Write a short scene in which a character based on the female model wearing the “Olivia Velvet Dress” in Crimson falls for the male model in the “Play It Again Henley” in Smoke.
Write the same scene from the omniscient limited point of view of the male model who must tell your character that she is transitioning into a female and can she borrow her “Olivia Velvet Dress” but in Tobacco?
A common folk etymology is that the name “Sundance” is derived from the name of the now extinct Sun-Daniki tribe, supposedly meaning “constipated people of the mountains.” This is, in fact, false. Write your own false etymology for the word “turd.”
Compose a tweet from the trio of Holiday Shimmer Trees on page 11. Make sure it’s lightweight and slightly distressed.
Ponder what it’s like to wear the “Artistic Soul Thermal” and write a poem suitable for a performance event at the assisted living facility where your Nana lives. Bear in mind that at the last function the seniors watched the movie Deliverance.
Appaloosa horses appear friendly and whimsical when in reality they are narcissistic sadists who enjoy biting people when the catalog photo shoot is over. Write a flash fiction from the point of view of the photographer who feels guilty because his work, although award-winning, perpetuates a dangerous myth.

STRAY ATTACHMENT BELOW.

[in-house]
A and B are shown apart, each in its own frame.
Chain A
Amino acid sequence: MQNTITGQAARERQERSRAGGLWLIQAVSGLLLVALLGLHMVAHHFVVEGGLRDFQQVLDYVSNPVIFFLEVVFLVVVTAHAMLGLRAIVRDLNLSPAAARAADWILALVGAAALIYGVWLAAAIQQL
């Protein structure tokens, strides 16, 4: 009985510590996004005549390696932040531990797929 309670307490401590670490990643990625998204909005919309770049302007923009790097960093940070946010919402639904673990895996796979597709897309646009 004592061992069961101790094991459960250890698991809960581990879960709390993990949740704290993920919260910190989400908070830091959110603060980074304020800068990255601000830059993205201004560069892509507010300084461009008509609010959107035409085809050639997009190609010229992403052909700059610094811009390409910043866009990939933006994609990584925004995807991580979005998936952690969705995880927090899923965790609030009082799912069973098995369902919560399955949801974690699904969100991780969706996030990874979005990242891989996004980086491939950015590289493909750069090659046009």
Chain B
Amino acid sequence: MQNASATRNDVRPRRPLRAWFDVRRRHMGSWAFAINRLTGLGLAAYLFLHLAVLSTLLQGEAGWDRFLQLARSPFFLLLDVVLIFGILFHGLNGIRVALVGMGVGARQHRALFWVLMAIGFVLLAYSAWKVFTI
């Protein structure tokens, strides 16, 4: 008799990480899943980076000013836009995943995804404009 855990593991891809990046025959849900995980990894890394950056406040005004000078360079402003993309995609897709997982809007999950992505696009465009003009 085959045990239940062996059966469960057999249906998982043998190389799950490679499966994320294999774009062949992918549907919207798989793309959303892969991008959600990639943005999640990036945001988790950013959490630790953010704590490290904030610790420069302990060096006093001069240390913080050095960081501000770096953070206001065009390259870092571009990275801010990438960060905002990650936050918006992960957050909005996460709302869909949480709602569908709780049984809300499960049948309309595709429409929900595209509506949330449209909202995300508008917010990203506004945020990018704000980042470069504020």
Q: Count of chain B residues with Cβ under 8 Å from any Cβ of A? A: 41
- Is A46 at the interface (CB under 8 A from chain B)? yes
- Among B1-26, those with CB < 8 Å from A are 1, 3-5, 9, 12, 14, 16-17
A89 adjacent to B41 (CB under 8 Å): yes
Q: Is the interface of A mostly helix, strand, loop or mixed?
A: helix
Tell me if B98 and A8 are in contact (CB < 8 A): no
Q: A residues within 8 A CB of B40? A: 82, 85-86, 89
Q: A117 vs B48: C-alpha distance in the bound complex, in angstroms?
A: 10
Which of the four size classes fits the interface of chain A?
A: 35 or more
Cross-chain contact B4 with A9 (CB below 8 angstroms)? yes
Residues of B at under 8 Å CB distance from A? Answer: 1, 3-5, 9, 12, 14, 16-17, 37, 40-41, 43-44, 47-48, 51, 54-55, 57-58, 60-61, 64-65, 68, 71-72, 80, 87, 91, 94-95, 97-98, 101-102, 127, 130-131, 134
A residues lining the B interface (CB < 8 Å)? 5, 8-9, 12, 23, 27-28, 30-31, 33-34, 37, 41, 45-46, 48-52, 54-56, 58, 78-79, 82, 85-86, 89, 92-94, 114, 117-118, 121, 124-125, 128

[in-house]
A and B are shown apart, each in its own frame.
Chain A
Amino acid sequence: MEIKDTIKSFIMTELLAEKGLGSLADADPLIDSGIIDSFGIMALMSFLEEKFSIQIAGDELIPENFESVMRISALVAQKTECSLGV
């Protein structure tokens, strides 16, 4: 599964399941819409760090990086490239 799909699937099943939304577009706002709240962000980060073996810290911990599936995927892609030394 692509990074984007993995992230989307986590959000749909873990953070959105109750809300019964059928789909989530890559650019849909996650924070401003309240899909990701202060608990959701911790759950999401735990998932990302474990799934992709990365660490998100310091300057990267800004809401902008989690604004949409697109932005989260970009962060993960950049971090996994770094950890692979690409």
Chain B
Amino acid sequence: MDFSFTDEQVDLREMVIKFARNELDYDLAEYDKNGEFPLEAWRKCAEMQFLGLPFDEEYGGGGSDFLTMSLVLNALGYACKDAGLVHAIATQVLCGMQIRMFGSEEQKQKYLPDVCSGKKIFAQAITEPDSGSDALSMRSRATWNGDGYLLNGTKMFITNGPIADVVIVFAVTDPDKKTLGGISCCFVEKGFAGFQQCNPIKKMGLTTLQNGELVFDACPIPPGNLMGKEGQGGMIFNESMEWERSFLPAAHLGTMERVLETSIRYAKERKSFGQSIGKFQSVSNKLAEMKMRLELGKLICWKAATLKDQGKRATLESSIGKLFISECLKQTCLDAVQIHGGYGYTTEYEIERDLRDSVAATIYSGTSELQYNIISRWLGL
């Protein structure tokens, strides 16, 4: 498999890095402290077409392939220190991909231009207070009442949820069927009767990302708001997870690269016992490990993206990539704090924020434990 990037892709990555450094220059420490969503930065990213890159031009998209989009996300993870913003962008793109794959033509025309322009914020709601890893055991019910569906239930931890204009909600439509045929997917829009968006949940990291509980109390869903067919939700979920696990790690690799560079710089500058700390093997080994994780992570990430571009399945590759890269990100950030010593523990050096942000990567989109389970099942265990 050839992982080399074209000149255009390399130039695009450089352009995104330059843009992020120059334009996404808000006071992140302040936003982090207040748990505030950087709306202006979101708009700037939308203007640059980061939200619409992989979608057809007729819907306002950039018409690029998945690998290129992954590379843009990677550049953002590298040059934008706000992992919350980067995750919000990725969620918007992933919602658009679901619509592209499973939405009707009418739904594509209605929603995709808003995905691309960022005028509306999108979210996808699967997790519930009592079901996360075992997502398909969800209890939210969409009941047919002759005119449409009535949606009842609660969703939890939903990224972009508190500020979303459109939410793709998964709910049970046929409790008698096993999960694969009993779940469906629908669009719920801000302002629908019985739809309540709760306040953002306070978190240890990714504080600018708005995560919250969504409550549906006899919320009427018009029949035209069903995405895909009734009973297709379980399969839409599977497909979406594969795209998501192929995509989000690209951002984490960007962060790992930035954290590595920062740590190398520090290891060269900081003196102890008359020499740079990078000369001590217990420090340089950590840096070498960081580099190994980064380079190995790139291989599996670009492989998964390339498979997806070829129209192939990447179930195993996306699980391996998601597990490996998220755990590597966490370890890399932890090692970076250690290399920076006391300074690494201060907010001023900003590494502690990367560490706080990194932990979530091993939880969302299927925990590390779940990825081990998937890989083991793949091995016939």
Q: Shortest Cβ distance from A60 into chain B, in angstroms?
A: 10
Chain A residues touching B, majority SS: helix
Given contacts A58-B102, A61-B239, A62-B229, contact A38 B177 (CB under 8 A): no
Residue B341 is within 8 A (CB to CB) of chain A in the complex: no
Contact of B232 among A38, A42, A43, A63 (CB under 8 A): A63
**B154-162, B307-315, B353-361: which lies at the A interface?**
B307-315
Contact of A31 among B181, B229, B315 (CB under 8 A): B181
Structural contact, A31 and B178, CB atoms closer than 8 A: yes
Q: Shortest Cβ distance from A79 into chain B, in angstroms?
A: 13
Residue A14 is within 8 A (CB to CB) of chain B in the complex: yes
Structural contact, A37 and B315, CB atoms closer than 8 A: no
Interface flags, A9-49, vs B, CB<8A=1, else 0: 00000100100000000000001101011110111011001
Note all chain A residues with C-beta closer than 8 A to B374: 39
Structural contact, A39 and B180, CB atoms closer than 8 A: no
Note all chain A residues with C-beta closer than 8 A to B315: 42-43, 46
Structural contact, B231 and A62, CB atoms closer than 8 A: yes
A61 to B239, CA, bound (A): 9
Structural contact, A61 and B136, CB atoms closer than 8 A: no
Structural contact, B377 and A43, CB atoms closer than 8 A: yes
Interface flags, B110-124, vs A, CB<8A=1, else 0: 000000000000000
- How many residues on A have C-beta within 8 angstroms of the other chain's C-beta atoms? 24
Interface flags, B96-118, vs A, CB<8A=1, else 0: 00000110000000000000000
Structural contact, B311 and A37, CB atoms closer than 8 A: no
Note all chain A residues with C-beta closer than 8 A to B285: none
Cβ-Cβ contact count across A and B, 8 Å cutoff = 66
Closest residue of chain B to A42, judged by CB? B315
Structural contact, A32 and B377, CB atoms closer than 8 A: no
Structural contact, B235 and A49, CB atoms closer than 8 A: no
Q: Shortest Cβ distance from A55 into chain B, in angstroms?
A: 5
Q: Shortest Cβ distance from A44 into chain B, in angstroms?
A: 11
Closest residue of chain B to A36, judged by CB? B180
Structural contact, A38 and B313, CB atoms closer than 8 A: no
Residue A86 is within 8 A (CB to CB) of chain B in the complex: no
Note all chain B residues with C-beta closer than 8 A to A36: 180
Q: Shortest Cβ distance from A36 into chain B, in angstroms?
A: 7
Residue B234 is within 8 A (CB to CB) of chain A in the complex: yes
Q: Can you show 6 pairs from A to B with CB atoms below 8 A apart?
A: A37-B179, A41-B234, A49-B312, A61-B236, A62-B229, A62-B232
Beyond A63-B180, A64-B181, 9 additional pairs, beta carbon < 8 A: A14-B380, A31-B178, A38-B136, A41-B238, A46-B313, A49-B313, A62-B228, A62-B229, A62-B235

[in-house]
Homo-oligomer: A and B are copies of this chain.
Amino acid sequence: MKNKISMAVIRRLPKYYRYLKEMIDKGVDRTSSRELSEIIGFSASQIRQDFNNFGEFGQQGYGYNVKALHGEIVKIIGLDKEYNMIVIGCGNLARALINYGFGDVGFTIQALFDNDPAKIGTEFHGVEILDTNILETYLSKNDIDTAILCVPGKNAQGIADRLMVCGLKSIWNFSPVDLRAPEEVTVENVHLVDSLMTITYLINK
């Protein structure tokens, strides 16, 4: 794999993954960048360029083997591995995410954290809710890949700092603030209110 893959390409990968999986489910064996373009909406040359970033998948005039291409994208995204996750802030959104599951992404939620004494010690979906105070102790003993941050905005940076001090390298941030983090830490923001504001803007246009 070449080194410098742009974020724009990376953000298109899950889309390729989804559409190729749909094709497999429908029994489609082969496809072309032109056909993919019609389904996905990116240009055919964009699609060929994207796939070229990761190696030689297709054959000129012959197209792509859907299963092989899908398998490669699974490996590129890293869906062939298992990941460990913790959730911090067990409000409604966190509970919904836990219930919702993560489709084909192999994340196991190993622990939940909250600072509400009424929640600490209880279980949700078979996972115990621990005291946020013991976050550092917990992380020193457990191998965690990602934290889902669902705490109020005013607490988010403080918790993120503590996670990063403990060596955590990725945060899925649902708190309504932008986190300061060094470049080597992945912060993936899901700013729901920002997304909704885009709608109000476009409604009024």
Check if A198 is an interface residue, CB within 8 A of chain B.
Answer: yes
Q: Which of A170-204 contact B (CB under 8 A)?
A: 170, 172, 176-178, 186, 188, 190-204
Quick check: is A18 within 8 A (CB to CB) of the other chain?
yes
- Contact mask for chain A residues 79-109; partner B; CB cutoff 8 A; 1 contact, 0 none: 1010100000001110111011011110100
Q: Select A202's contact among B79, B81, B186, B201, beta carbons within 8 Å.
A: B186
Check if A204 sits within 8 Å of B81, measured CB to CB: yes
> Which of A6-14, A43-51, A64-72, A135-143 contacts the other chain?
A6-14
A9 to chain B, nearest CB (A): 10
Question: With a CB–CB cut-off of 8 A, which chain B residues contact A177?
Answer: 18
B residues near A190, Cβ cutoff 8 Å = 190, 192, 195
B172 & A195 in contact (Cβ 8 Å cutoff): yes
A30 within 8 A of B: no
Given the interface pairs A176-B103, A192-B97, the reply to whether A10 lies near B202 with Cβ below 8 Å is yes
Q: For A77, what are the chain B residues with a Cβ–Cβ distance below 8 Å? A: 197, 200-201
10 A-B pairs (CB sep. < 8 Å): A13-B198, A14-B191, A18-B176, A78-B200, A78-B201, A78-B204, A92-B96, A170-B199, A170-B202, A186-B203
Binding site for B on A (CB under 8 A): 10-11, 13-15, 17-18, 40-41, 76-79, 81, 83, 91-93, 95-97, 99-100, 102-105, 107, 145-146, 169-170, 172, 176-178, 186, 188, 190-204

Write a play based on a dystopic society where catalog subheads such as “Presentation is Everything” and “Serene Beauty Abounds” are actually true.
Meditate on the bewildered expression of the wide-eyed blonde model in the “Natasha Top” and “Oil-Rubbed Boots” in Bronze. Either the eggnog in the “Starlight Flute” she just consumed was followed by an aftertaste of diesel or she just got her first period. Write what happens next.
Imagine someone stole your “Canyon Legends Pouch,” but returns it anonymously. Your money is gone, but your “Angel of Protection” bracelet with the kyanite and opal nuggets is still inside. In second person, write about how it feels to know that a thief would rather have $5.23 than a $78 billfold and a bracelet you paid $795 for.
Every Sundance catalog includes a glib and subversive message from Robert Redford with phrases such as “Live an Inspired Life.” Write one yourself but have it come from a dead Paul Newman. Bonus: use the words “jelly doughnut” and “obfuscate.”
Ashley Memory lives in rural Randolph County, N.C., and when she’s not leafing through holiday catalogs and wondering why she gets them, she’s moving earth with the skid-steer loader she’s trying to learn to operate. Her work has recently appeared in Solstice Literary Magazine, The Sun, The Rumpus, and is forthcoming in Permafrost. Twitter: @memoryashley. Follow her on ashley-memory.com.
Show Ashley some love via PayPal at memory.ashley(at)gmail(dot)com.